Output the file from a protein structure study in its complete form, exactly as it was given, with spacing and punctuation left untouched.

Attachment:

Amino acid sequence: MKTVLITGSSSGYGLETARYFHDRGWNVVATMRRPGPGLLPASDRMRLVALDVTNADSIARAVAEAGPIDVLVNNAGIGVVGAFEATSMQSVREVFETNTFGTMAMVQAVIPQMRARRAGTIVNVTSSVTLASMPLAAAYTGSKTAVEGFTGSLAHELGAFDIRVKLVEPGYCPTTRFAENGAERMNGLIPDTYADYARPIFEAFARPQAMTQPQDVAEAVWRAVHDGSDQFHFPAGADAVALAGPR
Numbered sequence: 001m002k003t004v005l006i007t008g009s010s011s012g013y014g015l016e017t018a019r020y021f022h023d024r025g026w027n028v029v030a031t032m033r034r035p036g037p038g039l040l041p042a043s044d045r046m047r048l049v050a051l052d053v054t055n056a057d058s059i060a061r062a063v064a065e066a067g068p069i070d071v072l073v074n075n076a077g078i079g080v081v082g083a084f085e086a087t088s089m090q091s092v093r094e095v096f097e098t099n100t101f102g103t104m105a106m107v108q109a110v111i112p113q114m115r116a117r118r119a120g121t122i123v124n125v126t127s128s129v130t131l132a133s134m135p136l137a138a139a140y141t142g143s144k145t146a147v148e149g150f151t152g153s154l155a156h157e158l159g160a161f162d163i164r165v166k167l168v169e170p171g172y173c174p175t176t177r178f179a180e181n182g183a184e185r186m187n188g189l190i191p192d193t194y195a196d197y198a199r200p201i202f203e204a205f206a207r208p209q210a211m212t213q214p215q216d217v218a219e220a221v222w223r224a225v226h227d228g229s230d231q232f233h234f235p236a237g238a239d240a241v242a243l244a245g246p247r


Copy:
Amino acid sequence: MKTVLITGSSSGYGLETARYFHDRGWNVVATMRRPGPGLLPASDRMRLVALDVTNADSIARAVAEAGPIDVLVNNAGIGVVGAFEATSMQSVREVFETNTFGTMAMVQAVIPQMRARRAGTIVNVTSSVTLASMPLAAAYTGSKTAVEGFTGSLAHELGAFDIRVKLVEPGYCPTTRFAENGAERMNGLIPDTYADYARPIFEAFARPQAMTQPQDVAEAVWRAVHDGSDQFHFPAGADAVALAGPR
Numbered sequence: 001m002k003t004v005l006i007t008g009s010s011s012g013y014g015l016e017t018a019r020y021f022h023d024r025g026w027n028v029v030a031t032m033r034r035p036g037p038g039l040l041p042a043s044d045r046m047r048l049v050a051l052d053v054t055n056a057d058s059i060a061r062a063v064a065e066a067g068p069i070d071v072l073v074n075n076a077g078i079g080v081v082g083a084f085e086a087t088s089m090q091s092v093r094e095v096f097e098t099n100t101f102g103t104m105a106m107v108q109a110v111i112p113q114m115r116a117r118r119a120g121t122i123v124n125v126t127s128s129v130t131l132a133s134m135p136l137a138a139a140y141t142g143s144k145t146a147v148e149g150f151t152g153s154l155a156h157e158l159g160a161f162d163i164r165v166k167l168v169e170p171g172y173c174p175t176t177r178f179a180e181n182g183a184e185r186m187n188g189l190i191p192d193t194y195a196d197y198a199r200p201i202f203e204a205f206a207r208p209q210a211m212t213q214p215q216d217v218a219e220a221v222w223r224a225v226h227d228g229s230d231q232f233h234f235p236a237g238a239d240a241v242a243l244a245g246p247r